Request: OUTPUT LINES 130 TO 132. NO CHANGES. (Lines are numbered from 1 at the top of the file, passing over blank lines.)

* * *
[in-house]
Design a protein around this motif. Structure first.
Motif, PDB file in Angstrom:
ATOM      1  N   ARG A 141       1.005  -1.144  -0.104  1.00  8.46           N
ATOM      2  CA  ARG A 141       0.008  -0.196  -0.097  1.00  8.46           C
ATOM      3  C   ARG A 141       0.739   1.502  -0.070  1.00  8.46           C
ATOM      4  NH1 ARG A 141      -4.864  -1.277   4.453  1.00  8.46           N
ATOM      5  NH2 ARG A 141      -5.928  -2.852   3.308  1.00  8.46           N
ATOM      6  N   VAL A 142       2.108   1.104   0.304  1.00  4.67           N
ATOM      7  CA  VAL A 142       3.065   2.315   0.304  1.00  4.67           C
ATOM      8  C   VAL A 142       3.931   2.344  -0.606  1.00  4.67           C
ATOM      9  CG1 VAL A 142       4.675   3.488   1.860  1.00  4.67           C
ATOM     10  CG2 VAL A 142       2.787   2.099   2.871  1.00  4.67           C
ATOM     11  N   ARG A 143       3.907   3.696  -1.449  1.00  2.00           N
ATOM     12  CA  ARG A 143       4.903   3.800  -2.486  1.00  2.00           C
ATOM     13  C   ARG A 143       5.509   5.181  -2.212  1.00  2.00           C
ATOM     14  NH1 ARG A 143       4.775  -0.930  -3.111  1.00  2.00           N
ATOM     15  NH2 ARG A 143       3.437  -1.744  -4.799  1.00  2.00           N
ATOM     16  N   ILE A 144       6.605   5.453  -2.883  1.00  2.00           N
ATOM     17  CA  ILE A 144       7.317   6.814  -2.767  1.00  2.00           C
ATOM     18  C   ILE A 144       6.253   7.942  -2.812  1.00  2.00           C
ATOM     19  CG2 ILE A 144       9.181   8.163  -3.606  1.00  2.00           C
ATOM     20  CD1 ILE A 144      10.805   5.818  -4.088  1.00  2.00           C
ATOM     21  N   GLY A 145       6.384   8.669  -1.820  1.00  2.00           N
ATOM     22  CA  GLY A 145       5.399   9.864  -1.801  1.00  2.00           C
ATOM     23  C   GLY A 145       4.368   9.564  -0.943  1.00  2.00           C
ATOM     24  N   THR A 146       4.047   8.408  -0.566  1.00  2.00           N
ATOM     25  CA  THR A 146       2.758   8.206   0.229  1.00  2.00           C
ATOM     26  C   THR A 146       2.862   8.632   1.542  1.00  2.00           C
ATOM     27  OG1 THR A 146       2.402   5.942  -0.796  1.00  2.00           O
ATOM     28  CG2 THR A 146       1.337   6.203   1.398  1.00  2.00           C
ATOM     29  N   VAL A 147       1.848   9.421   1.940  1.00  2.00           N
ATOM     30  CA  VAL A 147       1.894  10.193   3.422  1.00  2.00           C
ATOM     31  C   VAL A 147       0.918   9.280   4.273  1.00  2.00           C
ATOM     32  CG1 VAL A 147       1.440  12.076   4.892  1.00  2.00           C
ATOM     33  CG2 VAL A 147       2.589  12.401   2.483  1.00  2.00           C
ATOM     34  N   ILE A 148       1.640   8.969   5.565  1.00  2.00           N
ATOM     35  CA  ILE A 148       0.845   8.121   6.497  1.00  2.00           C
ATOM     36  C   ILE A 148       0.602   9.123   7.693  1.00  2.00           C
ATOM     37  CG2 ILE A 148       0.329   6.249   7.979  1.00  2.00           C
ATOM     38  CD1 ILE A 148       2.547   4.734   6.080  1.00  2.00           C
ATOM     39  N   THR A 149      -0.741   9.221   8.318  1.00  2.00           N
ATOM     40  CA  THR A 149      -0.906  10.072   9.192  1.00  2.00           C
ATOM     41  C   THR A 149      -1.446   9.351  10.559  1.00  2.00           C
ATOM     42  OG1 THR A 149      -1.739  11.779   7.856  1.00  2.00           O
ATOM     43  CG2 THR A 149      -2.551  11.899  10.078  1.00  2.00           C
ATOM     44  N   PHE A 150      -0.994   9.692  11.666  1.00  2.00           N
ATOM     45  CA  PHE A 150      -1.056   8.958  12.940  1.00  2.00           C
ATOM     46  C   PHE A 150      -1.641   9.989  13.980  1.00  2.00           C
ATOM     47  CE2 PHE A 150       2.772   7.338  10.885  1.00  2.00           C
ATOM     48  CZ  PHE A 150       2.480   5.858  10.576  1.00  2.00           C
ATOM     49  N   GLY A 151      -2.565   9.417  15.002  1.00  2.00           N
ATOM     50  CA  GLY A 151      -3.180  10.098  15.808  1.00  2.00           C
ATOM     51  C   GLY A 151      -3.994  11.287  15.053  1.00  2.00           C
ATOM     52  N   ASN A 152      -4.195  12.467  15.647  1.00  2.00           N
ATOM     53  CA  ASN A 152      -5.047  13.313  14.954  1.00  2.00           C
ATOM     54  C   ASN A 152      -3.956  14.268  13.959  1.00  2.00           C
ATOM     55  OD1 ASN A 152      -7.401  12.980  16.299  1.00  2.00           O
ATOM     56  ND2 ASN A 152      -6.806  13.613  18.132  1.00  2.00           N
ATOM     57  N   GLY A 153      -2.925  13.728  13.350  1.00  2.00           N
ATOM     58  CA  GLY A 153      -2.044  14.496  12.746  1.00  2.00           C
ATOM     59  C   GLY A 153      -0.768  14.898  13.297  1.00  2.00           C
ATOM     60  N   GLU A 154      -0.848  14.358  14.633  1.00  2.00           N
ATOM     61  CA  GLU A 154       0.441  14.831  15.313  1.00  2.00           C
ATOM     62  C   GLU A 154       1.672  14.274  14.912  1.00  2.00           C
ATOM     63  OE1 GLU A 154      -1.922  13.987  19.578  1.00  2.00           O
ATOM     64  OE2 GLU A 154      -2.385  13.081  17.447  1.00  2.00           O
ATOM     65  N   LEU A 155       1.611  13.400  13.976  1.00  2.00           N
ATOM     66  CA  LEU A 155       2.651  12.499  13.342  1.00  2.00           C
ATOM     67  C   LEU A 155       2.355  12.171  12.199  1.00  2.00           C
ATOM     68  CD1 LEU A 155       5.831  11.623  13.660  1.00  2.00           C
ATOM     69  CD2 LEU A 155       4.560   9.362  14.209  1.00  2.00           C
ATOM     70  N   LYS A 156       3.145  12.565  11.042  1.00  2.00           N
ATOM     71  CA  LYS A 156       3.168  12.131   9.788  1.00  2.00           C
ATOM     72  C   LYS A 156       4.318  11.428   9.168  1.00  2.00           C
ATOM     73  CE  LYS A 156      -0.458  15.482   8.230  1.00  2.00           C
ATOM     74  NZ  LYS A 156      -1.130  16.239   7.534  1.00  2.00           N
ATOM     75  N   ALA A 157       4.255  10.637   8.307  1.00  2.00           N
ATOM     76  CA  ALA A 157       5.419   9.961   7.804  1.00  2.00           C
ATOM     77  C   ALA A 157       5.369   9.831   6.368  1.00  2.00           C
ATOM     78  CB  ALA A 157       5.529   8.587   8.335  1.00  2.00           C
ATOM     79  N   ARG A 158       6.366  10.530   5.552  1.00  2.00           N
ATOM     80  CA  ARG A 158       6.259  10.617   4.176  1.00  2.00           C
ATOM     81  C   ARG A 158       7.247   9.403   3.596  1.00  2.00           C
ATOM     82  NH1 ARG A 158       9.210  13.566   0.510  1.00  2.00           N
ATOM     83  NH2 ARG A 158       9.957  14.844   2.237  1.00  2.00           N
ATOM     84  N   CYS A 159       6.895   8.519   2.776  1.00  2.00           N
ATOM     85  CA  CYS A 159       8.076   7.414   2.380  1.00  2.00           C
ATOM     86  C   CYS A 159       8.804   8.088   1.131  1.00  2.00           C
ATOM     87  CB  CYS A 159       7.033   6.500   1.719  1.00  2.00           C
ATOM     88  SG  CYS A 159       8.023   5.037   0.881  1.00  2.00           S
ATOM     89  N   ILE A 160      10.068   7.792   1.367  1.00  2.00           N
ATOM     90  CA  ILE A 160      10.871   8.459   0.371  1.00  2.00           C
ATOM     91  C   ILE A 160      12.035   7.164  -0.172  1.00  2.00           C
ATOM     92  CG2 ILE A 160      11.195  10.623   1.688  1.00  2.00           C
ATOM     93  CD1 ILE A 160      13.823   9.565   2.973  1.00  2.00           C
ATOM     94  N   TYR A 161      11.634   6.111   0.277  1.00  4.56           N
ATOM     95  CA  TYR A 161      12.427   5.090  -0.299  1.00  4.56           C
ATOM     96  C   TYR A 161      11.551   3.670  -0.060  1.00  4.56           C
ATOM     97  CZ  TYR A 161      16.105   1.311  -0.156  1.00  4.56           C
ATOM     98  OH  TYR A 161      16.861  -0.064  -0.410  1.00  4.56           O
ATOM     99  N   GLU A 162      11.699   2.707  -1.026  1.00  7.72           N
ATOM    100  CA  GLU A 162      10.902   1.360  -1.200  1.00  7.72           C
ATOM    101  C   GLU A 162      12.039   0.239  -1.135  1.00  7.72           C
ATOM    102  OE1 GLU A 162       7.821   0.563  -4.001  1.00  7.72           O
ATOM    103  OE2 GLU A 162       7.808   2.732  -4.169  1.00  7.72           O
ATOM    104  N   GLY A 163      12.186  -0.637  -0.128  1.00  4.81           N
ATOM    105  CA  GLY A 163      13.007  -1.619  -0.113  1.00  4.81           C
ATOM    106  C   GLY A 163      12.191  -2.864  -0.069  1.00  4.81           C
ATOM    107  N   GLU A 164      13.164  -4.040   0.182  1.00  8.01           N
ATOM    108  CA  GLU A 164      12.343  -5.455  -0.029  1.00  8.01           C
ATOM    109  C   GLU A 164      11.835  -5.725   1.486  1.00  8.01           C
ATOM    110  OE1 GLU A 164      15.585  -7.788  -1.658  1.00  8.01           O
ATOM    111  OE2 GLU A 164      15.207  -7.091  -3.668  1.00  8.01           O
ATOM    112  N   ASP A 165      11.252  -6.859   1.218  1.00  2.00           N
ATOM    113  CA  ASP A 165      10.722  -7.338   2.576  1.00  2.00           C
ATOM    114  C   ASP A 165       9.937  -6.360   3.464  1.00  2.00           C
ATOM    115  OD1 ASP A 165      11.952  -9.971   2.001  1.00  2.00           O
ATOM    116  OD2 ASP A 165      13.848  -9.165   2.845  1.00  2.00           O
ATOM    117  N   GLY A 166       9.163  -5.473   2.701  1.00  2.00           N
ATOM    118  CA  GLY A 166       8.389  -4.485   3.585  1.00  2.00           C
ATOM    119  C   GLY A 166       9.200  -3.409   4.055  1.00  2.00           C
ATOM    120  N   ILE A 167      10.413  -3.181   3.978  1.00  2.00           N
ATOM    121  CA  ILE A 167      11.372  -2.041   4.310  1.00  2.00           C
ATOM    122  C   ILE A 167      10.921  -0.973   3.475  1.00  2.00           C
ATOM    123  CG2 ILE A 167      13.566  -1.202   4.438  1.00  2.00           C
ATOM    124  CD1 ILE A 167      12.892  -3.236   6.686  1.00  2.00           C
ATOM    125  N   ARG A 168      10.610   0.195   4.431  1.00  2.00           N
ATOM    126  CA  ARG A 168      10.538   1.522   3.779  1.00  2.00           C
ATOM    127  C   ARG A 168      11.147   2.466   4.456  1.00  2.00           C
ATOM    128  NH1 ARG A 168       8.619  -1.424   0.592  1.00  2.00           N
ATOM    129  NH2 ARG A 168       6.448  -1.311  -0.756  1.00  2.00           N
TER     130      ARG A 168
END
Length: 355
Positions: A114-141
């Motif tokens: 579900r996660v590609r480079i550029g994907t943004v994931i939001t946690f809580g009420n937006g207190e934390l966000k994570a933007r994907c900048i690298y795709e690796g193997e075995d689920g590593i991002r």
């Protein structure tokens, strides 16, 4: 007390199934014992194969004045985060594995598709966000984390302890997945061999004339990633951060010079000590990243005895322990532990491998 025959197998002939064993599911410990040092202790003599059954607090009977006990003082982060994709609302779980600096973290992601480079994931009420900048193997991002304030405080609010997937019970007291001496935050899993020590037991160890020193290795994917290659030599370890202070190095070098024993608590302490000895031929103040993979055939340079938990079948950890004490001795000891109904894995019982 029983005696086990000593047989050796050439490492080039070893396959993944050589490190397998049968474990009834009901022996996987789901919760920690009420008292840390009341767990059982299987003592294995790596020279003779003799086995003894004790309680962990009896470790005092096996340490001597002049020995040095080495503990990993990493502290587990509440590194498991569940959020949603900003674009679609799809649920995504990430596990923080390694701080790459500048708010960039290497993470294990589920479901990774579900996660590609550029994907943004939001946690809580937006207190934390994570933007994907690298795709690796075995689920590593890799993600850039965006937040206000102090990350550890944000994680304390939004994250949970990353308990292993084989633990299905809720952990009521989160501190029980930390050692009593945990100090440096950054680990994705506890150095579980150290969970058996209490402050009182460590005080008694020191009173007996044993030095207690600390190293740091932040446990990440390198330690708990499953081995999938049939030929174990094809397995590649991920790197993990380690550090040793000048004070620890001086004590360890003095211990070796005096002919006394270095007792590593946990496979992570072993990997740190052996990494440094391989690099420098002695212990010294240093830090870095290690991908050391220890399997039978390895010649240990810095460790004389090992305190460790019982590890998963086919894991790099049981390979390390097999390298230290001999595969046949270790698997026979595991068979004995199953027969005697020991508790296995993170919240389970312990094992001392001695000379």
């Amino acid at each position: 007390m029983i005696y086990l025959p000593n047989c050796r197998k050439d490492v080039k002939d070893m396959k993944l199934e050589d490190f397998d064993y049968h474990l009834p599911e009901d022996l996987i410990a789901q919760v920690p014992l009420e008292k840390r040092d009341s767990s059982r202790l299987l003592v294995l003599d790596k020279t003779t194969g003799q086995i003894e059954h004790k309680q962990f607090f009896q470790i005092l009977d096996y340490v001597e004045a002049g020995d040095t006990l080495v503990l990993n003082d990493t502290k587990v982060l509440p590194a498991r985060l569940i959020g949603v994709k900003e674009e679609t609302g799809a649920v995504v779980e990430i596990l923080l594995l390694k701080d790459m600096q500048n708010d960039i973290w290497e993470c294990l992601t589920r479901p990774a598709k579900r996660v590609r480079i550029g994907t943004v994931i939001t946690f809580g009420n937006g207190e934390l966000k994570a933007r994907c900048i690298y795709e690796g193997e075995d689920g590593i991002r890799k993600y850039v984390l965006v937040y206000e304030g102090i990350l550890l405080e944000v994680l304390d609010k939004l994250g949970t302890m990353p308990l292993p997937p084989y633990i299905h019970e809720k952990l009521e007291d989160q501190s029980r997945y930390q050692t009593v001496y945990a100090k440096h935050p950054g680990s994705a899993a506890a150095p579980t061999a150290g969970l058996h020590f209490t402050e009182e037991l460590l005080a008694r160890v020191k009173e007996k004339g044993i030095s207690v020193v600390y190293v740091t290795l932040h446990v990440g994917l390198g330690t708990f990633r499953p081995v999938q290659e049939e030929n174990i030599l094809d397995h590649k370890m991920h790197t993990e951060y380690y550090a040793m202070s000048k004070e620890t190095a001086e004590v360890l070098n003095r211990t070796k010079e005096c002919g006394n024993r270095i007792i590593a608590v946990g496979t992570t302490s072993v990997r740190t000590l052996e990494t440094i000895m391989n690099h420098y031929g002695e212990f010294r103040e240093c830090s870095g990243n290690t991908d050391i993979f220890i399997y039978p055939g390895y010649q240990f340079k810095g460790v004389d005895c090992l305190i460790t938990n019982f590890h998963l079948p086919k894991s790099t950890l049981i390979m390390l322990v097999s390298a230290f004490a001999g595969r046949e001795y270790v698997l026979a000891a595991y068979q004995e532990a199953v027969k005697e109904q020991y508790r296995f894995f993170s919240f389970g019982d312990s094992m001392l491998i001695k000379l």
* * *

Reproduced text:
ATOM    127  C   ARG A 168      11.147   2.466   4.456  1.00  2.00           C
ATOM    128  NH1 ARG A 168       8.619  -1.424   0.592  1.00  2.00           N
ATOM    129  NH2 ARG A 168       6.448  -1.311  -0.756  1.00  2.00           N